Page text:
As is known in the art, the magnitude of attenuation of a single stage of an RC lowpass filter is: V O V I = 1 1 2 + ( 2 π f R C ) 2

Where VO is the output voltage, VI is the input voltage, R is the resistance of the resistor, C is the capacitance of the capacitor, and f is the frequency.

Assume that the present invention is being used in proximity to a reciever circuit operating at 200 MHz, and the designer wishes to reduce noise at the gate inputs of the NFET and PFET from 200 mV to 10 mV, which is a factor of 0.05. Further assume that the designer selects a cutoff frequency of 100 MHz and therefore selects R and C of a single RC stage such that the reciprocal of 2*π*R*C equals 100 MHz. The attenuation at 100 MHz will be the reciprocal of square root of two, or alternatively, 0.71. At 200 MHz, the attenuation will be the reciprocal of square root of five, or alternatively, 0.45. Note that this does not reach our desired attenuation of 0.50. At 200 MHz, a second stage will produce an attenuation of 0.20, a third stage will produce an attenuation of 0.09, and a fourth stage will produce an attenuation of 0.04. Accordingly, four stages are required to reach the desired attenuation given the assumptions above.

Now assume that voltage divider 26 of FIG. 3 is being used to terminate a transmission line with a 50Ω termination. To achieve this termination resistance, PFET 18 and NFET 20 will each have output impedances of 100Ω. Again, assume that the cutoff frequency of the RC filter is 100 MHz. Also assume that the designer uses 5 KΩ resistors to form the RC filter in FIG. 3. Note that to provide a single stage of the same RC filter in prior art voltage divider 16 of FIG. 2, the capacitor would have to be 100 times larger than the capacitors in FIG. 3 because the 50Ω output impedance is 100 times smaller than the 5 KΩ resistors.

However, this does not tell the whole story, because the transistors in FIG. 2 will amplify the noise. A typical amplification ratio could be in the range of five to ten, so the capacitor in FIG. 2 would need to be 500 to 1000 times large as the capacitors in FIG. 3. And keep in mind that this is only a single stage, so the attenuation at 200 MHz will only be 0.45. The cutoff frequency could be lowered, which would lower the attenuation, or alternatively, additional stages could be added, but both options would require significantly more capacitance. Accordingly, the present invention provides a dramatic improvement over the prior art.

Note that a variety of other filter configurations known in the art may be used at the gate terminals of the NFET and PFET transistors, and one implementing the present invention may choose a filter configuration that is appropriate for the digital system in which the present invention is being used. Also, one implementing the present invention may choose to use more or fewer RC stages.

As discussed above, since the RC filter is provided at the relatively high input impedance gate terminals of the NFET and PFET transistors, the capacitance values required in the RC filter can be relatively small. Accordingly, the present invention consumes a smaller area of the integrated circuit compared to prior art techniques, especially when the all-transistor embodiment shown in FIG. 4 is employed. In addition, the present invention is easily extendable to past and future generations of MOS technology.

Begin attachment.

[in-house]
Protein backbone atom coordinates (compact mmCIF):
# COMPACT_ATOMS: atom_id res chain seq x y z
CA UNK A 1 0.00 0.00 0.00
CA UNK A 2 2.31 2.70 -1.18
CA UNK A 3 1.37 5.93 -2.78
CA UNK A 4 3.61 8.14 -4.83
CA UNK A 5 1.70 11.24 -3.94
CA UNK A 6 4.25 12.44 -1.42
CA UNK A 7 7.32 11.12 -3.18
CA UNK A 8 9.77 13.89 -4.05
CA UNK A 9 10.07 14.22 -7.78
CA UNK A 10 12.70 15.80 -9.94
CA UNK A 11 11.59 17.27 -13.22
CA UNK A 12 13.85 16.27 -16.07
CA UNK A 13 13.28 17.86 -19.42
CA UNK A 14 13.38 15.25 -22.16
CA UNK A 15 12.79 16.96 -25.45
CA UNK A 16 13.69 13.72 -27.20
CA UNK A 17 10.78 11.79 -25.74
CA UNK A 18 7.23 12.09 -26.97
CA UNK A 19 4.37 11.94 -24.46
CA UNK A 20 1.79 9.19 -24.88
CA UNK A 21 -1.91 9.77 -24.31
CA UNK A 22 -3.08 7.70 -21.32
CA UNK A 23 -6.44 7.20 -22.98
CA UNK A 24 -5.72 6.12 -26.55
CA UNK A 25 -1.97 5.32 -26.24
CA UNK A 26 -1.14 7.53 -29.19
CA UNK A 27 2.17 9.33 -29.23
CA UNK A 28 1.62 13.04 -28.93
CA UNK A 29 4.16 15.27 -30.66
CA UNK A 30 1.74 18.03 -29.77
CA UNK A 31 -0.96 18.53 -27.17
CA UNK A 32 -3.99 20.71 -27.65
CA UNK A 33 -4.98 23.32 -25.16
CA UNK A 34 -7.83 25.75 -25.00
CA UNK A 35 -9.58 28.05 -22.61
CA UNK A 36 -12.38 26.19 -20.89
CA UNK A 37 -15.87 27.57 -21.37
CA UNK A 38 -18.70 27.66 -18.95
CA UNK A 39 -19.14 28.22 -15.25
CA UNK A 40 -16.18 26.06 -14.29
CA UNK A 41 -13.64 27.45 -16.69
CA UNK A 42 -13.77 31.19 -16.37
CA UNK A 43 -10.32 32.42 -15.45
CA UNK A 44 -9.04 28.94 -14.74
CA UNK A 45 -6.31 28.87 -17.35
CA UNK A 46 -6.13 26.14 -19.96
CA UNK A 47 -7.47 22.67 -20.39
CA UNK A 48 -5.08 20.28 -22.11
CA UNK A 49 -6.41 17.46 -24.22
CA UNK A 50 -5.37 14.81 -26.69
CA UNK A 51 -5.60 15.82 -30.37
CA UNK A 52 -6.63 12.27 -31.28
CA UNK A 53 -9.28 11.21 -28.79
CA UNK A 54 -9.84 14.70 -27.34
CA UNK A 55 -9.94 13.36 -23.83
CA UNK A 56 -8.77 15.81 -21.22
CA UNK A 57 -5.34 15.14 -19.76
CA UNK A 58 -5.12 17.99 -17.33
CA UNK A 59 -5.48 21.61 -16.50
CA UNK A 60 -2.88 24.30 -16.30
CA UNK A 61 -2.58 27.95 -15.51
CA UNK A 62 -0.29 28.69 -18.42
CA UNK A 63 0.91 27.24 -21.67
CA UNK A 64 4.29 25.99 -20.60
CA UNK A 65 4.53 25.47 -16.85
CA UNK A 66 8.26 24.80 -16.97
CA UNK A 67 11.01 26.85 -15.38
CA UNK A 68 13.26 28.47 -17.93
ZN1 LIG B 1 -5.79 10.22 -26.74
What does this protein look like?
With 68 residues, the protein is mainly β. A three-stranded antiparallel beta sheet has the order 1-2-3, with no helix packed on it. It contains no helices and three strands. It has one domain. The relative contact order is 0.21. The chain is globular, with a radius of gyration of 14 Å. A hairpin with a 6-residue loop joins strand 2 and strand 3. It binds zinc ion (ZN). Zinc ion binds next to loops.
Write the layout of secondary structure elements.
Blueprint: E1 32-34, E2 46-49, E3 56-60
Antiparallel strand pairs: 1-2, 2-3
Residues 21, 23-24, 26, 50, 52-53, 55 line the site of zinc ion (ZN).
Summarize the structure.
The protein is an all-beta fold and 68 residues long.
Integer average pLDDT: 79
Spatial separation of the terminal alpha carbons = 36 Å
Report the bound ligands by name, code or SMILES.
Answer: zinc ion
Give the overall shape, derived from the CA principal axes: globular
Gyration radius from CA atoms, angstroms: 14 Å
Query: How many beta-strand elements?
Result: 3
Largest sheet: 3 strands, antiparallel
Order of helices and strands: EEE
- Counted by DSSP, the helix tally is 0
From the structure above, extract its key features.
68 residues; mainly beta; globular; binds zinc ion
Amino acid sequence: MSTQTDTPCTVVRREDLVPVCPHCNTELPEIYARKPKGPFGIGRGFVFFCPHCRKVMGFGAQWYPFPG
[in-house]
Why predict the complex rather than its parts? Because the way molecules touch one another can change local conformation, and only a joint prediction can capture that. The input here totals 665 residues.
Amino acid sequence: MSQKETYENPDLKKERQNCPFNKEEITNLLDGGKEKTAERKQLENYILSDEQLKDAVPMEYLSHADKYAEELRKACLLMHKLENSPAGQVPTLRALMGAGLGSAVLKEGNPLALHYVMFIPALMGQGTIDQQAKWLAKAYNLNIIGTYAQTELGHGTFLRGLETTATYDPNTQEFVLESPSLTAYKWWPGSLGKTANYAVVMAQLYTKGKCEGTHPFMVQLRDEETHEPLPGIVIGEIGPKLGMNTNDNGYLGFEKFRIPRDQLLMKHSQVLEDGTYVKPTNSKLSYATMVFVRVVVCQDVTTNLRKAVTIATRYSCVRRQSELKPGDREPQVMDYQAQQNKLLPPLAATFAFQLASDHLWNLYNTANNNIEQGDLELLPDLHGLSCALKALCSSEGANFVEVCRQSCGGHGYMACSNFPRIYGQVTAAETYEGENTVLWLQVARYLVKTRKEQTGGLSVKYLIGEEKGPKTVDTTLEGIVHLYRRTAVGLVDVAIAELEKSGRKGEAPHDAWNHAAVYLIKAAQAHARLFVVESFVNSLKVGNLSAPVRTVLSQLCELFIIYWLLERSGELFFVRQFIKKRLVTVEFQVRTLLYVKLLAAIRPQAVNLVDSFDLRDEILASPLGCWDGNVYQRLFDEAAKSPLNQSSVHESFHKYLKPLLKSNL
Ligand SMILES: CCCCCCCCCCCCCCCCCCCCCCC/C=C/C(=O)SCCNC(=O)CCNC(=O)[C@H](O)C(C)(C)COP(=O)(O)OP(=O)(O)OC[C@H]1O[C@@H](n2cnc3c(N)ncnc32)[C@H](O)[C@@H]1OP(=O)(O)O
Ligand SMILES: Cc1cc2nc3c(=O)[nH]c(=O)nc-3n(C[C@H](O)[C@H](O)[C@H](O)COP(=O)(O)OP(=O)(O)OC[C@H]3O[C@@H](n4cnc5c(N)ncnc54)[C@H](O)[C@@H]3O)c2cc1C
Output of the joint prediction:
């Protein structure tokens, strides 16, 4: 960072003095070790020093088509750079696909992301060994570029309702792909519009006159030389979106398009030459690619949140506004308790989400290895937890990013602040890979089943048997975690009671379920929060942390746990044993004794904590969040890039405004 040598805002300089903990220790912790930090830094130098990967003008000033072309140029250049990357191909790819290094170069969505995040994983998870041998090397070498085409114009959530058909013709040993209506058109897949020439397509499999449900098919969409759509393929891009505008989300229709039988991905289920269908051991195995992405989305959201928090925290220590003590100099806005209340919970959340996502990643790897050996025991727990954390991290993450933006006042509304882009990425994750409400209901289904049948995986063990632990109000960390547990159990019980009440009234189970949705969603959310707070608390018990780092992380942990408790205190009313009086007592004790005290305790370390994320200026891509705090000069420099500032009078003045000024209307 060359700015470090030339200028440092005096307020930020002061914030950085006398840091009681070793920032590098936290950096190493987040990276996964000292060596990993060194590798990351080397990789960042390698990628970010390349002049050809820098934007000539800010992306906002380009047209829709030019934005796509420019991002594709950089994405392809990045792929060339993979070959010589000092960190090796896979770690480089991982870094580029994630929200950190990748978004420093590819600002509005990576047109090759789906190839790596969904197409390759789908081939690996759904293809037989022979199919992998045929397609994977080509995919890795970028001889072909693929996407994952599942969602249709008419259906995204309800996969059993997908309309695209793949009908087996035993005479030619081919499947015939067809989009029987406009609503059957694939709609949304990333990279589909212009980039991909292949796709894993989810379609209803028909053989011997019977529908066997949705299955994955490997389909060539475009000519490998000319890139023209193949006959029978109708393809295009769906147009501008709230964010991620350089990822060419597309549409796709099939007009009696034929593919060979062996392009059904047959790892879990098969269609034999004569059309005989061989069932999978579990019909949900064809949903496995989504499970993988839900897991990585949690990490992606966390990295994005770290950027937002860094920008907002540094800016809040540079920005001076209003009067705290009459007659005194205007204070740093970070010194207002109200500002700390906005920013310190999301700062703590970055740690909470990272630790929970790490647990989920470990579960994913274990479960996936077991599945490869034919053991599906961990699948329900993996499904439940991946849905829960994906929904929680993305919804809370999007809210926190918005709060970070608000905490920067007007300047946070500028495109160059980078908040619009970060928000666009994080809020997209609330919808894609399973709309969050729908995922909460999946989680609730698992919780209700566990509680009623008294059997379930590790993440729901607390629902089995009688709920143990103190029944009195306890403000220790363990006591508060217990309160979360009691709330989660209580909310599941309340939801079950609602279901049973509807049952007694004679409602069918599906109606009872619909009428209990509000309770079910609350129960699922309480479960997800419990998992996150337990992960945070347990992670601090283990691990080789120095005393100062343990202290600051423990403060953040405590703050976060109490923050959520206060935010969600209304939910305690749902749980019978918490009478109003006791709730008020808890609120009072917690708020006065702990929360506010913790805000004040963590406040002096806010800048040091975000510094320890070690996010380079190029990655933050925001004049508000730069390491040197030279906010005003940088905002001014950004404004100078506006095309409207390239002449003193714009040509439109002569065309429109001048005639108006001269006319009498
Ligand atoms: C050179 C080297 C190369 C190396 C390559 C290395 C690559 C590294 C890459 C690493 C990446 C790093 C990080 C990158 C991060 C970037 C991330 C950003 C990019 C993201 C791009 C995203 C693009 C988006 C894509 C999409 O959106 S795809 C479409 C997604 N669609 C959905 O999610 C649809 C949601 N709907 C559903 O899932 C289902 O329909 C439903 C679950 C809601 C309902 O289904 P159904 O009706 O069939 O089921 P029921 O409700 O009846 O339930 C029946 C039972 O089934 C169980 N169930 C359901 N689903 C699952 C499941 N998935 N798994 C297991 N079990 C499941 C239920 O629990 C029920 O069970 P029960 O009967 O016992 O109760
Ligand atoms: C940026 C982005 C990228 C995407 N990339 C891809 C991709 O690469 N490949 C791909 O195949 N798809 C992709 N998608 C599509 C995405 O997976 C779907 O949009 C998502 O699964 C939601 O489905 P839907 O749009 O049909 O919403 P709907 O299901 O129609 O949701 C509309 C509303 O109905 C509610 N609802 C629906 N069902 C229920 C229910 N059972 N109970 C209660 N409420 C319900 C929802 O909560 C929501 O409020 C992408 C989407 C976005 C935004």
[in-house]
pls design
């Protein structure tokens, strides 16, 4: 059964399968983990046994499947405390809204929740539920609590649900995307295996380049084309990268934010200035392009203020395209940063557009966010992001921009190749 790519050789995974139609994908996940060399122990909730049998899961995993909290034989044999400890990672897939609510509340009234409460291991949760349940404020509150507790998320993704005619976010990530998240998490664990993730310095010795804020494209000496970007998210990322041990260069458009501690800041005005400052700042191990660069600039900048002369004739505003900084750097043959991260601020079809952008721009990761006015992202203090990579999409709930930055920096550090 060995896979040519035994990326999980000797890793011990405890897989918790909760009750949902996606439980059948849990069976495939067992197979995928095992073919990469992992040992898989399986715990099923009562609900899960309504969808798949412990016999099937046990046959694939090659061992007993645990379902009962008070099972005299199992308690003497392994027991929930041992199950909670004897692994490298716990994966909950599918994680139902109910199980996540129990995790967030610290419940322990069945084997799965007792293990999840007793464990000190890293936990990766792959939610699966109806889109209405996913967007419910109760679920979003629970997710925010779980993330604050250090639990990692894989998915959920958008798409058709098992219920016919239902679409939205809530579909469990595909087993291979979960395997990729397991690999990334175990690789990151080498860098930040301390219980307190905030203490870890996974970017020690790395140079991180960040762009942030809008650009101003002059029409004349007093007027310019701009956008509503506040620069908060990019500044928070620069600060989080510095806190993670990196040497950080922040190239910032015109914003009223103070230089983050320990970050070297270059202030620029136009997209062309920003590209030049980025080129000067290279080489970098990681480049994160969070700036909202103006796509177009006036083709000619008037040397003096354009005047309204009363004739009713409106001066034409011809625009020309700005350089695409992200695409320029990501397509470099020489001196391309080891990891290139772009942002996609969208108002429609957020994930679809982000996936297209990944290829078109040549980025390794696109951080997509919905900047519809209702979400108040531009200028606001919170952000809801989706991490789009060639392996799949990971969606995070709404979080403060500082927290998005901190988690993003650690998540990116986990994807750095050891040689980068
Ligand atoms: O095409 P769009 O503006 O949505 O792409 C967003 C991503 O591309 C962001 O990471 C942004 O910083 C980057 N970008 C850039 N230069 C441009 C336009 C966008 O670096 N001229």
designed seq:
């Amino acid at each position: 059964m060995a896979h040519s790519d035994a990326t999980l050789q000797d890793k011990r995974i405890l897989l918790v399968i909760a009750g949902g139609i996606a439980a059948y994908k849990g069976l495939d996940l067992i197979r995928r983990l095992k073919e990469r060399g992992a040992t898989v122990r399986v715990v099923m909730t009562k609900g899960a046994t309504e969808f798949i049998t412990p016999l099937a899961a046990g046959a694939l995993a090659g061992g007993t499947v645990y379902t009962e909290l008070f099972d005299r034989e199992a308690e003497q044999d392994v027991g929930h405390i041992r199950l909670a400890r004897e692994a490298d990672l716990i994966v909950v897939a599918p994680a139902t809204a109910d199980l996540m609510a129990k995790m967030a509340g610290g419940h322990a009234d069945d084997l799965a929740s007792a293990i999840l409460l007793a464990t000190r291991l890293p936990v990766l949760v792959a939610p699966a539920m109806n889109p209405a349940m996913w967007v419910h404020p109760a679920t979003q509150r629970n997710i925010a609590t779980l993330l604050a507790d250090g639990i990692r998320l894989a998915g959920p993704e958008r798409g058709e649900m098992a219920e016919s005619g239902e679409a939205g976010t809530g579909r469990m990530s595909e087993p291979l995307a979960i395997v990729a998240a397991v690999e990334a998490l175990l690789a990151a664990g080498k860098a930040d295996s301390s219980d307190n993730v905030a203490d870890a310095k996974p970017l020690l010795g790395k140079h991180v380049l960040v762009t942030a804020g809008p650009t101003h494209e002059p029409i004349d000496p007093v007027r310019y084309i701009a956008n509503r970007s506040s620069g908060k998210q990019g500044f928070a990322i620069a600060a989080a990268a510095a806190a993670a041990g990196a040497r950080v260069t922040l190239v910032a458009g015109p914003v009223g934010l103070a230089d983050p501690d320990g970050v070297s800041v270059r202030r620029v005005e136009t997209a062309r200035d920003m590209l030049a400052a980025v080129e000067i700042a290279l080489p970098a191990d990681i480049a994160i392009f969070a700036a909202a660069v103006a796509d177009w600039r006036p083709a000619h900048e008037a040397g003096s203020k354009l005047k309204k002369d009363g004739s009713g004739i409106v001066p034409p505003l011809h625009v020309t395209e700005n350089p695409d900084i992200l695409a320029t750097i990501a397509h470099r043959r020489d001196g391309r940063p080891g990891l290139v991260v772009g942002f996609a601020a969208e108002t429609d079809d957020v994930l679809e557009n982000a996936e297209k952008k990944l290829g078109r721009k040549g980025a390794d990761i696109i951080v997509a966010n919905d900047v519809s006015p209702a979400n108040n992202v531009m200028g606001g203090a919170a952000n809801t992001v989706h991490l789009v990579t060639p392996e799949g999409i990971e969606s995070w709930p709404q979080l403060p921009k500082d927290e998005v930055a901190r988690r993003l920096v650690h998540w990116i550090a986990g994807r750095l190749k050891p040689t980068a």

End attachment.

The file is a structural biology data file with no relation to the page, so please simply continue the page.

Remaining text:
Although the present invention has been described with reference to preferred embodiments, workers skilled in the art will recognize that changes may be made in form and detail without departing from the spirit and scope of the invention.

Patent Citations
Cited PatentFiling datePublication dateApplicantTitle
US5528172 *Dec 27, 1994Jun 18, 1996Honeywell Inc.Adjustable voltage level shifter
US5694065 *Jun 29, 1995Dec 2, 1997Burr-Brown CorporationSwitching control circuitry for low noise CMOS inverter
Referenced by
Citing PatentFiling datePublication dateApplicantTitle
US8866726 *Apr 1, 2009Oct 21, 2014Samsung Display Co., Ltd.Backlight assembly
US9018972May 31, 2013Apr 28, 2015Sandia CorporationArea-efficient physically unclonable function circuit architecture
US20100085296 *Apr 1, 2009Apr 8, 2010Kyung-Uk ChoiBacklight assembly
Classifications
U.S. Classification327/538, 327/543, 327/541
International ClassificationH03H11/24
Cooperative ClassificationH03H11/245
European ClassificationH03H11/24A
Legal Events
DateCodeEventDescription
Feb 8, 2001ASAssignment
Owner name: HEWLETT-PACKARD COMPANY, COLORADO
Free format text: ASSIGNMENT OF ASSIGNORS INTEREST;ASSIGNOR:DESROCHES, ALAN R.;REEL/FRAME:011514/0588
Effective date: 20010202
Owner name: HEWLETT-PACKARD COMPANY INTELLECTUAL PROPERTY ADMI
Free format text: ASSIGNMENT OF ASSIGNORS INTEREST;ASSIGNOR:DESROCHES, ALAN R. /AR;REEL/FRAME:011514/0588
Owner name: HEWLETT-PACKARD COMPANY INTELLECTUAL PROPERTY ADMI
Owner name: HEWLETT-PACKARD COMPANY INTELLECTUAL PROPERTY ADMI
Free format text: ASSIGNMENT OF ASSIGNORS INTEREST;ASSIGNOR:DESROCHES, ALAN R.;REEL/FRAME:011514/0588
Effective date: 20010202
Owner name: HEWLETT-PACKARD COMPANY INTELLECTUAL PROPERTY ADMI
Free format text: ASSIGNMENT OF ASSIGNORS INTEREST;ASSIGNOR:DESROCHES, ALAN R. /AR;REEL/FRAME:011514/0588
Effective date: 20010202
May 17, 2006REMIMaintenance fee reminder mailed
Oct 30, 2006LAPSLapse for failure to pay maintenance fees
Dec 26, 2006FPExpired due to failure to pay maintenance fee
Effective date: 20061029